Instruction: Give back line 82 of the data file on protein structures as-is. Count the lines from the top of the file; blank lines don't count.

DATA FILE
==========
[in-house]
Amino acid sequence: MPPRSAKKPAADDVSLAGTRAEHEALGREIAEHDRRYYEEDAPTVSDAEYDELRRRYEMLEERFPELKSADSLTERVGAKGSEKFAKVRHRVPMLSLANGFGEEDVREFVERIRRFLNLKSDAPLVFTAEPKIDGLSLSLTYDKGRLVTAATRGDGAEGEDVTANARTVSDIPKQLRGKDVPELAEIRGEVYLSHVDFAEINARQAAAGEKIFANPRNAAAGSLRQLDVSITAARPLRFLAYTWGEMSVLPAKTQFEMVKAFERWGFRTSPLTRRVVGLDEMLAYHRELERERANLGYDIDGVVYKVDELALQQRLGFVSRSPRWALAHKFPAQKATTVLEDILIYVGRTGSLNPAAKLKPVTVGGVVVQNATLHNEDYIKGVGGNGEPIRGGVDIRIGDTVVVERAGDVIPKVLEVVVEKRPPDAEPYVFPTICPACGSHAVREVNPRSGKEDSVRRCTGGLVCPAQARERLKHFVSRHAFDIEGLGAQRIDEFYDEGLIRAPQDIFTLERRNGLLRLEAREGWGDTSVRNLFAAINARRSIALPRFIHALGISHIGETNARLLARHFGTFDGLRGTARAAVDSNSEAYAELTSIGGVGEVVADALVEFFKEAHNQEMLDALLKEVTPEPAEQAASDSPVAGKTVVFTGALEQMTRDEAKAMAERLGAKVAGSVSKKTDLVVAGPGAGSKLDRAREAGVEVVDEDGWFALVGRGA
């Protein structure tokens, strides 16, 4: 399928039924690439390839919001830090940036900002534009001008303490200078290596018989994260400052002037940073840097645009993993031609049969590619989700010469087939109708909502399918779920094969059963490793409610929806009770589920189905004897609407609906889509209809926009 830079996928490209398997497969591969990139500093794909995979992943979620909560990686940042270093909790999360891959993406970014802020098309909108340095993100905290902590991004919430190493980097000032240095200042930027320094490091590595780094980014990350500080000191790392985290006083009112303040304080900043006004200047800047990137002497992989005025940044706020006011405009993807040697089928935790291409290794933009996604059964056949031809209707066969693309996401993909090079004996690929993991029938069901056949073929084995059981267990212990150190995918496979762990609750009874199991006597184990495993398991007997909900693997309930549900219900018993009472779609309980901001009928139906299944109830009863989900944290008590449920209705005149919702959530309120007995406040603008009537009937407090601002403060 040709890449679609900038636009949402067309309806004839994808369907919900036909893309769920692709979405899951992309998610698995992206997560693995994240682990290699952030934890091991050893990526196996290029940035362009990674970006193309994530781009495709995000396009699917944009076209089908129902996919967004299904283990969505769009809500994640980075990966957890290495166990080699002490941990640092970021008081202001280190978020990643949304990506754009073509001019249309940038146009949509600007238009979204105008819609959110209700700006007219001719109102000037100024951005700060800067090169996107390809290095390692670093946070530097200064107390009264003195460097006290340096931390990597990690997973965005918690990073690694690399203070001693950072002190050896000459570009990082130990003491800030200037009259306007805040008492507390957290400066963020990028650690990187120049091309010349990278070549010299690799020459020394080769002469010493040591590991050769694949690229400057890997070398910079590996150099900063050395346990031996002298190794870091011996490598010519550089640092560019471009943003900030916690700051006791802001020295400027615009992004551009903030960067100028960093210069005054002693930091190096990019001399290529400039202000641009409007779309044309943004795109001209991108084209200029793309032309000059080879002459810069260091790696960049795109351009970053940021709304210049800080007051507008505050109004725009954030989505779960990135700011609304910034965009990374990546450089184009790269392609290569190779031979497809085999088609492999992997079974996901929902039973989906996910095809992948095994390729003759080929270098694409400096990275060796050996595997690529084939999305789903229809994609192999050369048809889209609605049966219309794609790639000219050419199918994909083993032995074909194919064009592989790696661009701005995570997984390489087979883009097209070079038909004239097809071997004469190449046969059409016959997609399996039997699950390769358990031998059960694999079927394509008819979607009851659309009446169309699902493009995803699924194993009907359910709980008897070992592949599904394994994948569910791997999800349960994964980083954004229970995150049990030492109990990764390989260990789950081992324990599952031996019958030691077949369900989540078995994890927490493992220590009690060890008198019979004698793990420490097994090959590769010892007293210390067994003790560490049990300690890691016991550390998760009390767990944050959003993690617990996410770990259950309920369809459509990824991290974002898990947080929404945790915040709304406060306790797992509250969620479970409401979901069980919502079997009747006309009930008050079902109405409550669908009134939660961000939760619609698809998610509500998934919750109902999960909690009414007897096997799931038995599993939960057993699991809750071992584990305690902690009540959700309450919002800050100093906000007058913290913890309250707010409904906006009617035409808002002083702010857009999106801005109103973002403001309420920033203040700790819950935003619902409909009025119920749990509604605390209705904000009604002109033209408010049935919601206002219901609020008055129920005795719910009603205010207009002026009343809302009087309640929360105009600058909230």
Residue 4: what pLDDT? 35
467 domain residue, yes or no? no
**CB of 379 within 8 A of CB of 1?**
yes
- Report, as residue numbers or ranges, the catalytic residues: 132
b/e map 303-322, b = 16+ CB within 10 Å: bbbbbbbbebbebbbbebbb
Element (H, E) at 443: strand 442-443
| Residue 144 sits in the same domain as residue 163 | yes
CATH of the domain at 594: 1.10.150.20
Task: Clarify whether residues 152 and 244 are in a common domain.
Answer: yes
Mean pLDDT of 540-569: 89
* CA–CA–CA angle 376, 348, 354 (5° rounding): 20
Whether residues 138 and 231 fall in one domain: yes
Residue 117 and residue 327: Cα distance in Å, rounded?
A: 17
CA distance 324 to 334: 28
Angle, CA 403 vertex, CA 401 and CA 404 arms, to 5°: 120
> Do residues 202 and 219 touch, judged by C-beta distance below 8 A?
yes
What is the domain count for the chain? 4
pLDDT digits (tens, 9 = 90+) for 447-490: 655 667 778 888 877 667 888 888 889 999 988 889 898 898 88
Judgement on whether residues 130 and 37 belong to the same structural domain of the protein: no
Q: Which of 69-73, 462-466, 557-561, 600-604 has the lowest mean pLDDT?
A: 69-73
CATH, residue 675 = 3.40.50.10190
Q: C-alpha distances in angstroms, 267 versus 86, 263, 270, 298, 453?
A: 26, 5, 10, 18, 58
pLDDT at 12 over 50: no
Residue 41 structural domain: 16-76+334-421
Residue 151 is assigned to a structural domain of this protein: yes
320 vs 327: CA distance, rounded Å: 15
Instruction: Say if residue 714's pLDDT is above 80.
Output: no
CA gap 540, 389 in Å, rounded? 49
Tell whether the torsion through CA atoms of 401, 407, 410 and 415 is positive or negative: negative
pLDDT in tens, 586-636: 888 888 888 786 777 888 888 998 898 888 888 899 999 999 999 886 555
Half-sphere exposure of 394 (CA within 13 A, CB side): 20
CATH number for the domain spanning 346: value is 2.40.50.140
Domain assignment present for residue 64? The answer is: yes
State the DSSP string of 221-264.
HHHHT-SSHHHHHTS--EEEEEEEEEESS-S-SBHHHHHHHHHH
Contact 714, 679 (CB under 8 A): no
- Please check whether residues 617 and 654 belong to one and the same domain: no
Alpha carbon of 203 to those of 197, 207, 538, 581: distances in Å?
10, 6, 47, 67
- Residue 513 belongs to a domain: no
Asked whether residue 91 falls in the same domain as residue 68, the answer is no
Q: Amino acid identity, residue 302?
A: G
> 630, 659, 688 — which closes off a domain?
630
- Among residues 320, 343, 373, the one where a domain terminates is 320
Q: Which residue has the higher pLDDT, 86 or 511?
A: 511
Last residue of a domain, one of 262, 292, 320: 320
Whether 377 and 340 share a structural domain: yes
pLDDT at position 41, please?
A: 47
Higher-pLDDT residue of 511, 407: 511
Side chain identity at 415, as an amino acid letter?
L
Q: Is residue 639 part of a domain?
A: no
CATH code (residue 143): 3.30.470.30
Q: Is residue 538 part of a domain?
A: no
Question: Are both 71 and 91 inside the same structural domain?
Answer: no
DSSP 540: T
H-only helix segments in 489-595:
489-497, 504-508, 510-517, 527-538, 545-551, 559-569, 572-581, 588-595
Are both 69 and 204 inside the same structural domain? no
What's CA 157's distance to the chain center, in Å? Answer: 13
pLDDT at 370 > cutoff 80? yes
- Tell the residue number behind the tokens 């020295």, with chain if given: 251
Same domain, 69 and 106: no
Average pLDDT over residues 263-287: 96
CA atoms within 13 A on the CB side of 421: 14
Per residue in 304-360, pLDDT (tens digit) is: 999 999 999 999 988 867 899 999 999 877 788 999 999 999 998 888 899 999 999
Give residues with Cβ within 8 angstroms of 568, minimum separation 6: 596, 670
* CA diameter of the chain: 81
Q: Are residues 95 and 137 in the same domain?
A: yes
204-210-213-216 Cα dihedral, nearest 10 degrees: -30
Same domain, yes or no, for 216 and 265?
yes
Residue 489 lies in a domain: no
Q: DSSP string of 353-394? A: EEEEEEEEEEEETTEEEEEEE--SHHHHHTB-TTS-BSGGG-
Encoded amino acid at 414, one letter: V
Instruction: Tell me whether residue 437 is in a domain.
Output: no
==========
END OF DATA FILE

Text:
CA atoms within 13 A on the CB side of 421: 14